Killing on the Farm: Pennsylvania Cousins Accused in Deaths of 4 Young Men
Four Pennsylvania Men Vanish, Sparking Intensive Search
On July 5, four young men — 19-year-olds Dean Finocchiaro and Jimi Tar Patrick, 21-year-old Tom Meo, and Mark Sturgis, 22 — were reported missing, leading to a sweeping search by investigators in Pennsylvania's Buck County.
Patrick was last seen on July 5, while Meo, Sturgis, and Finocchiaro all disappeared on July 7.
Sturgis and Meo are longtime friends who work in construction for Sturgis' father. Finocchiaro is a mutual friend of theirs, according to detectives.
The families of all four men began holding a constant vigil last week outside the farm owned by the family of Cosmo DiNardo; Patrick and DiNardo were connected through Facebook, but the extent of their acquaintance remains unclear.
A 'Person of Interest' Identified
On July 10, investigators arrested Cosmo DiNardo, 20, on an illegal gun charge. He was identified as a “person of interest” in the missing persons case and his bail was set at $1 million. The following evening, his parents posted 10-percent of that amount to secure his freedom.
But DiNardo was re-arrested July 12 on a car theft charge. Subsequently, investigators unearthed a mass grave at the farmland his family owns. Prosecutors asked that his bail be set at $5 million cash on the car theft charge, even though he hadn't yet been charged in connection with the grave.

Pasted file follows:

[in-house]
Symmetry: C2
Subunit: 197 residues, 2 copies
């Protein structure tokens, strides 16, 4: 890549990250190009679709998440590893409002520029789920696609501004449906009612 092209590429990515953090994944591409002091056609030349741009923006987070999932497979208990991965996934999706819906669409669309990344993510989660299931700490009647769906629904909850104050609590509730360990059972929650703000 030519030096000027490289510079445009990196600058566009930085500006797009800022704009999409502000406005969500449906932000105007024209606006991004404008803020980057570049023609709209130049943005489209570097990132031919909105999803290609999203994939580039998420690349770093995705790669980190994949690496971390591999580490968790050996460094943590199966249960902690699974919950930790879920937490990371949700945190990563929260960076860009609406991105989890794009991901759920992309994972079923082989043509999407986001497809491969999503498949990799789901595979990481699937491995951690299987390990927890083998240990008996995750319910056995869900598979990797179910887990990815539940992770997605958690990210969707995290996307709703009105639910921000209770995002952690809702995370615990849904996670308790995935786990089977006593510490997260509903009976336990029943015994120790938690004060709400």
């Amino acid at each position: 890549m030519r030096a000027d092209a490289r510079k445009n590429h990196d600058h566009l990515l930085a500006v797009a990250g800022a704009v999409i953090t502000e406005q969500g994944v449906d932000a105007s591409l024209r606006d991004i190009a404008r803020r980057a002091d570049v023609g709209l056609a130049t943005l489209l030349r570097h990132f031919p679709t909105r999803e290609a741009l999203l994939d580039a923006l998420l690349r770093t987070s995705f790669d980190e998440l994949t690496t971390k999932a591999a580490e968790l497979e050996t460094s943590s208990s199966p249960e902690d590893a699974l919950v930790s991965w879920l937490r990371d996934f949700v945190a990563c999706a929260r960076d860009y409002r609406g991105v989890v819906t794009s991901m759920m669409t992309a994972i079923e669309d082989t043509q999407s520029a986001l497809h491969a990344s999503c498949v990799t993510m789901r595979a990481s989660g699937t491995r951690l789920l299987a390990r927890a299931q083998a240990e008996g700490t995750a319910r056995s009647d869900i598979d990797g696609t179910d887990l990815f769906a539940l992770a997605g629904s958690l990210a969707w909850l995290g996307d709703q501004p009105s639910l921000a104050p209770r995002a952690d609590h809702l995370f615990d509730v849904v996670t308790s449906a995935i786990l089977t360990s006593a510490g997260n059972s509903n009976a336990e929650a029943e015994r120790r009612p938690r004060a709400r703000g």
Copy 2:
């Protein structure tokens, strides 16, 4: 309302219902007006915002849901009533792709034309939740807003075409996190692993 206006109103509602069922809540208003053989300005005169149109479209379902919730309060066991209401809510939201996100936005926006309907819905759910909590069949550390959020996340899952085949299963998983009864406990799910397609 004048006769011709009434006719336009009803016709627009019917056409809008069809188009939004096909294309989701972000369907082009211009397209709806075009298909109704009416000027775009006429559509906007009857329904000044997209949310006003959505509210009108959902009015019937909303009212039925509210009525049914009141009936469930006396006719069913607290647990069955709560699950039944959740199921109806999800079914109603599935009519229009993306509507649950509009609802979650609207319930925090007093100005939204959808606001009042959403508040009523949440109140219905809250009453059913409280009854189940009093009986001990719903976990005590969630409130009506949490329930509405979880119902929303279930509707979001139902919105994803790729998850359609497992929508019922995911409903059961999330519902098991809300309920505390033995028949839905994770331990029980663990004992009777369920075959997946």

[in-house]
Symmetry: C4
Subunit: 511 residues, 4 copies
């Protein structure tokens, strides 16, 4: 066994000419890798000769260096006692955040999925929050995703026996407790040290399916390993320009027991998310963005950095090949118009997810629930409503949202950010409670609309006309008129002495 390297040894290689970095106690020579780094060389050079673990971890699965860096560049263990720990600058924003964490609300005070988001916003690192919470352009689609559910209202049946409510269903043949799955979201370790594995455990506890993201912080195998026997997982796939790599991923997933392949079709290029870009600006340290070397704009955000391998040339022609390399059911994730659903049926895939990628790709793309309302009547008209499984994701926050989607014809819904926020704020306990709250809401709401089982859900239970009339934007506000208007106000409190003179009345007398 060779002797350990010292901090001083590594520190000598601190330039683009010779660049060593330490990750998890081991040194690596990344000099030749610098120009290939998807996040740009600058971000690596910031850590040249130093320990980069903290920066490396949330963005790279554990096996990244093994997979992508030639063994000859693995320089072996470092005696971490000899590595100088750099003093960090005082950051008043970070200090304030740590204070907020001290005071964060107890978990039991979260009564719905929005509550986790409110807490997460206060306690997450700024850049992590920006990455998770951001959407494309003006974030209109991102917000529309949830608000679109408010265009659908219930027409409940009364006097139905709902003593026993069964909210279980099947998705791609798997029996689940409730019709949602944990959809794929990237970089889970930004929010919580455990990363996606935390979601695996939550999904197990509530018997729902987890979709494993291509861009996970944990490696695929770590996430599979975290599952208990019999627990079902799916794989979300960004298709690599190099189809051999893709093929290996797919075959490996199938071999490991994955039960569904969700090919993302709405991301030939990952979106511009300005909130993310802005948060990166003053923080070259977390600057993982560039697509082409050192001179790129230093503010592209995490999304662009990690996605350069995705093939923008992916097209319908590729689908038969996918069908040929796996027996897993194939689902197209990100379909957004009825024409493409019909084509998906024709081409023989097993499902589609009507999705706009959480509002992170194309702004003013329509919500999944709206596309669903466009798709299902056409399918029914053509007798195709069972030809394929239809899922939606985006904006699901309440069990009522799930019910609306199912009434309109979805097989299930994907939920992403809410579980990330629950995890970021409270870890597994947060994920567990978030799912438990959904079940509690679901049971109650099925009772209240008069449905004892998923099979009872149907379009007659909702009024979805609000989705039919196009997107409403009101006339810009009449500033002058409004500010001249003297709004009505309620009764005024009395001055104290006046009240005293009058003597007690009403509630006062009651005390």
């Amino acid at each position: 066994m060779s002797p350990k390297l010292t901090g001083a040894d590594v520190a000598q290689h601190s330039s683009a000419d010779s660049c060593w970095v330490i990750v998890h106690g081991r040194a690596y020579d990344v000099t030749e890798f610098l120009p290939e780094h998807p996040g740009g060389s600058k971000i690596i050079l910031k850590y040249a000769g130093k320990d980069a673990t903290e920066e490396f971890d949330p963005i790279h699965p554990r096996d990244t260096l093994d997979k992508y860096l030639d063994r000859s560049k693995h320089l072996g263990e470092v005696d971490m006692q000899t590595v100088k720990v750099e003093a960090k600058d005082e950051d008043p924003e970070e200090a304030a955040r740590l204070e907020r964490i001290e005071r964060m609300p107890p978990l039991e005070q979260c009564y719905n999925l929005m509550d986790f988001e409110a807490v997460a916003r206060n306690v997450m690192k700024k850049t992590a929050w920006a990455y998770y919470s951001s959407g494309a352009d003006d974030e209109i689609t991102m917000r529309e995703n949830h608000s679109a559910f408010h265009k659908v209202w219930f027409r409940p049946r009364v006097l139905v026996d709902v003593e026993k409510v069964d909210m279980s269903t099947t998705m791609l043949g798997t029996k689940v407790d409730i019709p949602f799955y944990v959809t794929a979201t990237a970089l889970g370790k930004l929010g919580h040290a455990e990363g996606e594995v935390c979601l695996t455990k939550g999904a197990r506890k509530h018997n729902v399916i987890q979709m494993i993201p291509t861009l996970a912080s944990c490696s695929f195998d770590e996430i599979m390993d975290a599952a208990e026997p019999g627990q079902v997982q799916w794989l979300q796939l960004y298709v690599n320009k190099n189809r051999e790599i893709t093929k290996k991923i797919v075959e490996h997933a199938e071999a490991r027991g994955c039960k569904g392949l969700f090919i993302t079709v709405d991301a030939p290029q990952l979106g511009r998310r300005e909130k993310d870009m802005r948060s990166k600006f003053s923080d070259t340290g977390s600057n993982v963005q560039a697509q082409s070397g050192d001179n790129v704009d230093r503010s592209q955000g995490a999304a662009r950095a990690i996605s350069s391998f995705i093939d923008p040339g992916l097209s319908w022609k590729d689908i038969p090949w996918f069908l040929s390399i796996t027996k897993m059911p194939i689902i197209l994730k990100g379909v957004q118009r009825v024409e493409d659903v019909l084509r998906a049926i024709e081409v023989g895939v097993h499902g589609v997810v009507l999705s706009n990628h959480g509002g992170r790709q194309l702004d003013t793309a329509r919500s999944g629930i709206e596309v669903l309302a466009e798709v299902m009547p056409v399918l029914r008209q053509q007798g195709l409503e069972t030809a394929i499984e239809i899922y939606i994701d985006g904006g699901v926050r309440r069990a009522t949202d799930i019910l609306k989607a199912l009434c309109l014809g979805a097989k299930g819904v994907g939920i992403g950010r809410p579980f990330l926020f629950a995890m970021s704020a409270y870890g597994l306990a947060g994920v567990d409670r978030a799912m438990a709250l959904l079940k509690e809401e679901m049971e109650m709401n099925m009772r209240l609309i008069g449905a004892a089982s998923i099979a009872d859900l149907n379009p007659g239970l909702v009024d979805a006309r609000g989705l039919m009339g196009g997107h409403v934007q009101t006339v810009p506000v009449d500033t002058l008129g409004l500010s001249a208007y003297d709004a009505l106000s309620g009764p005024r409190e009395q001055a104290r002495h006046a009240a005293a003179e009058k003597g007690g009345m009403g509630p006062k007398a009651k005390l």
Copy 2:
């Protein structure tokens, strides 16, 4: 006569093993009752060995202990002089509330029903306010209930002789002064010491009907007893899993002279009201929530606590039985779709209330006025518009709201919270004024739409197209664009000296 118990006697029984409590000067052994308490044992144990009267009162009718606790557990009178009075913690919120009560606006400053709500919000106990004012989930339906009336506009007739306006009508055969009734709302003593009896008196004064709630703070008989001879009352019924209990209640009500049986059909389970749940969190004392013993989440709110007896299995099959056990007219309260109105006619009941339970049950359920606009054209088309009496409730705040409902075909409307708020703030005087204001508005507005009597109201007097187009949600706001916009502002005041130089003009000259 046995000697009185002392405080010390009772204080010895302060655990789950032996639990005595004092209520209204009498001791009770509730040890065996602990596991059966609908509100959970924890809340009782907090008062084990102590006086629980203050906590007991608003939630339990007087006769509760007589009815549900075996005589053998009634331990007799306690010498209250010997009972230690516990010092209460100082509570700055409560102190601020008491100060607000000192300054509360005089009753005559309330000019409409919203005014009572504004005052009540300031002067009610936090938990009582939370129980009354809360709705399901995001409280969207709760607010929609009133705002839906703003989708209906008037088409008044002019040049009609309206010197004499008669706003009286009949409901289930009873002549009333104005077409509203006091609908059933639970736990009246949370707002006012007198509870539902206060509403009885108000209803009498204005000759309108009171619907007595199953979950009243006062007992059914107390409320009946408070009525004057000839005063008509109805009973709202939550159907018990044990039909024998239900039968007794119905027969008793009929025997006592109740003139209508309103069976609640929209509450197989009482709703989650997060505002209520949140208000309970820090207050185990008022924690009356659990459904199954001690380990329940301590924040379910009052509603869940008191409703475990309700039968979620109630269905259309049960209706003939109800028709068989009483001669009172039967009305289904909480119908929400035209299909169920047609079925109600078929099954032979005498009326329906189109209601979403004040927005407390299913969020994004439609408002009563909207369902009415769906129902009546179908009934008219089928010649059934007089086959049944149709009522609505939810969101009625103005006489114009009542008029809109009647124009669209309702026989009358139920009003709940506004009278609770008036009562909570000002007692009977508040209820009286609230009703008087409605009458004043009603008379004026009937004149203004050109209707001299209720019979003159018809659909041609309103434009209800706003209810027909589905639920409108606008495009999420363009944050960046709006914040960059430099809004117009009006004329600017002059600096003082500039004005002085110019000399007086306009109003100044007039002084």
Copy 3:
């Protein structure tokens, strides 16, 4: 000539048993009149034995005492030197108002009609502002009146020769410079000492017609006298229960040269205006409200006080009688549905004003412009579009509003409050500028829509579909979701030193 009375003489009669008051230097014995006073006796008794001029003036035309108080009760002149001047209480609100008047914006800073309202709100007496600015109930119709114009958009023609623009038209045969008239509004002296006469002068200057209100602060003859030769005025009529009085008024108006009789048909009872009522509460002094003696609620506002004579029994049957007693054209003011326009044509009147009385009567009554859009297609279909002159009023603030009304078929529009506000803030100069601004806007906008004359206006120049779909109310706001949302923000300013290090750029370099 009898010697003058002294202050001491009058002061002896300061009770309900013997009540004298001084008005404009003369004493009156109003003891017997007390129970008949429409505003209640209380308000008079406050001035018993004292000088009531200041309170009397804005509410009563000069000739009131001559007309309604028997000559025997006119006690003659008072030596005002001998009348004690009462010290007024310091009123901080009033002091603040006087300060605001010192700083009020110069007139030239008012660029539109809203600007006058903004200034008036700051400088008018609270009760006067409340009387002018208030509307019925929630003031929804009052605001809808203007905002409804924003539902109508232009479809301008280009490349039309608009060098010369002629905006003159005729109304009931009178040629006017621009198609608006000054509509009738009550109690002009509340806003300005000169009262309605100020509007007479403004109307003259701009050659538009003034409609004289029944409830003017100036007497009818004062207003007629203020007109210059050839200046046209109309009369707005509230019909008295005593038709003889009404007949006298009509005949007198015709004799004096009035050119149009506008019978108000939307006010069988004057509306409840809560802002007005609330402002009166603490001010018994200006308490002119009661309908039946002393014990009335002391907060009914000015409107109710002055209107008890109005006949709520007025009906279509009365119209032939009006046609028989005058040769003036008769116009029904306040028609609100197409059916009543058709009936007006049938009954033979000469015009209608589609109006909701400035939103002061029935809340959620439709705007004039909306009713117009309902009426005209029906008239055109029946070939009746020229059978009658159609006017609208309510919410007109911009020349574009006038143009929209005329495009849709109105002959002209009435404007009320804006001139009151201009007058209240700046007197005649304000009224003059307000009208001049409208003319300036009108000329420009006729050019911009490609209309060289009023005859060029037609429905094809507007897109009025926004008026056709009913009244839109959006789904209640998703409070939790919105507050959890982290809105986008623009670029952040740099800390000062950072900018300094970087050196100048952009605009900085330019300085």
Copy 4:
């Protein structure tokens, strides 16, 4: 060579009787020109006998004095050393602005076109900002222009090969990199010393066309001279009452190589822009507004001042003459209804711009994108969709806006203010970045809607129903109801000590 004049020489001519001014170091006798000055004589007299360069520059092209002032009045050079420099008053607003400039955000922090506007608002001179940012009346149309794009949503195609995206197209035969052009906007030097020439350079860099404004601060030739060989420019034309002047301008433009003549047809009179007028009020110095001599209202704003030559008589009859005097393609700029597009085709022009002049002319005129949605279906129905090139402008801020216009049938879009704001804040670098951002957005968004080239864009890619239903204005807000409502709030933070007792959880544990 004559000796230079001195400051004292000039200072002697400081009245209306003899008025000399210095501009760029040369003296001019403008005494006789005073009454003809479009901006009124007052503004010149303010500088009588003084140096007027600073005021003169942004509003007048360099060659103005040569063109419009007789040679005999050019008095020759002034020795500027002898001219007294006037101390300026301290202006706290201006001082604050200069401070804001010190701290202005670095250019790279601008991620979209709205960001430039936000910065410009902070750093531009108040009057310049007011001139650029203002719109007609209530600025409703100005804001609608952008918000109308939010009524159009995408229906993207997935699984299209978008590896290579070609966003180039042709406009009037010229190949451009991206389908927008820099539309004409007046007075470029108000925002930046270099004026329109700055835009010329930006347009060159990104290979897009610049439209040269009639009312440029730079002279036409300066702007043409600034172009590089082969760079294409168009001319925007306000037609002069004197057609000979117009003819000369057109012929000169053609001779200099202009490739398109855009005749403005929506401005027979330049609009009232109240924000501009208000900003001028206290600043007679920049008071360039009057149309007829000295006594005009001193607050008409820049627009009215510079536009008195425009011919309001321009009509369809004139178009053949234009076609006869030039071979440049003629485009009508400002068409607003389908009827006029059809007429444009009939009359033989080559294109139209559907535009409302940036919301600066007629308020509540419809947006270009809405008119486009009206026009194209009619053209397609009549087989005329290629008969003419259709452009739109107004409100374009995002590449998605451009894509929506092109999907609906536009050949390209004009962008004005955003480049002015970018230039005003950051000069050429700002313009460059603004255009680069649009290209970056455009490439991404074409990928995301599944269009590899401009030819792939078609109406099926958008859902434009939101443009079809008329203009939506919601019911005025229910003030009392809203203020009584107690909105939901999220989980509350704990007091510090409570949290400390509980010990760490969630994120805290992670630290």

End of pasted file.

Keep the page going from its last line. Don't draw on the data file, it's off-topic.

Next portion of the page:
DiNardo suffers from schizophrenia and sustained frontal lobe damage in an ATV accident within the past year, police have said. DiNardo was allegedly stranded in the woods for a day after the crash and suffered a severe brain bleed.
Police Continue Search of DiNardo Farm
Investigators spent days at the sprawling farm that belongs to DiNardo's family, searching for any sign of the four missing men. Detectives were initially led to the property after pinging one of the missing men's cell phones.
In time, authorities would uncover a 12-foot deep grave containing the bodies of Finocchiaro, Meo, and Sturgis.
Police interviewed DiNardo all of Wednesday evening. They would not get an alleged confession until the following day, when DiNardo allegedly offered to lead detectives to a separate grave containing Patrick's remains.
All four victims had been shot.
DiNardo Tells Reporters 'I'm Sorry'
Soon after he confessed to killing the four men, DiNardo was led from the Bucks County Prosecutor's Office and into a waiting van, which shuttled him back to a correctional facility, where he remains today.
Dressed in an orange prison jumpsuit, DiNardo was escorted past a cluster of awaiting journalists, who asked him questions.
DiNardo answered only one of the questions: What he would say to the grieving families of his victims? He answered, "I'm sorry."
Jimi Taro Patrick: A Dean's List Student
According to a statement from his grandparents, Jimi Taro Patrick lived in Newtown, Pennsylvania, with his grandparents.
He had recently completed his freshman year at Loyola, where he was majoring in business on a full scholarship, and his grades earned him a spot on the Dean's List.
Relatives say Patrick regularly attended Mass on Sundays, and note he was well-behaved.